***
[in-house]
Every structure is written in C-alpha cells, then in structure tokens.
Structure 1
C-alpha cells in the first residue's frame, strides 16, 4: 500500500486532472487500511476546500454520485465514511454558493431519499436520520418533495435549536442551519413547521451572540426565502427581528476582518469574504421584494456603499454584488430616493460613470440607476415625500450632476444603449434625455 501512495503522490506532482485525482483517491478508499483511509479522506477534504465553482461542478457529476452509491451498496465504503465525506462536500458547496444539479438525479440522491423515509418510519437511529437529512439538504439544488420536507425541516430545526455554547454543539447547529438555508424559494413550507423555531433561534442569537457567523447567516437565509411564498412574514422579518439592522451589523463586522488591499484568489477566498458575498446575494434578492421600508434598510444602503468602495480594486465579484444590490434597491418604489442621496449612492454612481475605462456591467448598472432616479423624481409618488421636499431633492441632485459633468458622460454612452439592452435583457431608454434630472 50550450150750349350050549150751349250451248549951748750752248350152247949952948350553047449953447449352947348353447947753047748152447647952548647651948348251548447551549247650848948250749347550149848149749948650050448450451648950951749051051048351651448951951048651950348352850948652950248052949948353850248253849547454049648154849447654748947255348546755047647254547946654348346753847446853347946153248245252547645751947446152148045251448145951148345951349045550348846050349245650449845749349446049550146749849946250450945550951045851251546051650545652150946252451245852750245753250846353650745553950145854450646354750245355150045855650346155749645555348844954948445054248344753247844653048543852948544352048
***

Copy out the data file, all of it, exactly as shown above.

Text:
[in-house]
Every structure is written in C-alpha cells, then in structure tokens.
Structure 1
C-alpha cells in the first residue's frame, strides 16, 4: 500500500486532472487500511476546500454520485465514511454558493431519499436520520418533495435549536442551519413547521451572540426565502427581528476582518469574504421584494456603499454584488430616493460613470440607476415625500450632476444603449434625455 501512495503522490506532482485525482483517491478508499483511509479522506477534504465553482461542478457529476452509491451498496465504503465525506462536500458547496444539479438525479440522491423515509418510519437511529437529512439538504439544488420536507425541516430545526455554547454543539447547529438555508424559494413550507423555531433561534442569537457567523447567516437565509411564498412574514422579518439592522451589523463586522488591499484568489477566498458575498446575494434578492421600508434598510444602503468602495480594486465579484444590490434597491418604489442621496449612492454612481475605462456591467448598472432616479423624481409618488421636499431633492441632485459633468458622460454612452439592452435583457431608454434630472 50550450150750349350050549150751349250451248549951748750752248350152247949952948350553047449953447449352947348353447947753047748152447647952548647651948348251548447551549247650848948250749347550149848149749948650050448450451648950951749051051048351651448951951048651950348352850948652950248052949948353850248253849547454049648154849447654748947255348546755047647254547946654348346753847446853347946153248245252547645751947446152148045251448145951148345951349045550348846050349245650449845749349446049550146749849946250450945550951045851251546051650545652150946252451245852750245753250846353650745553950145854450646354750245355150045855650346155749645555348844954948445054248344753247844653048543852948544352048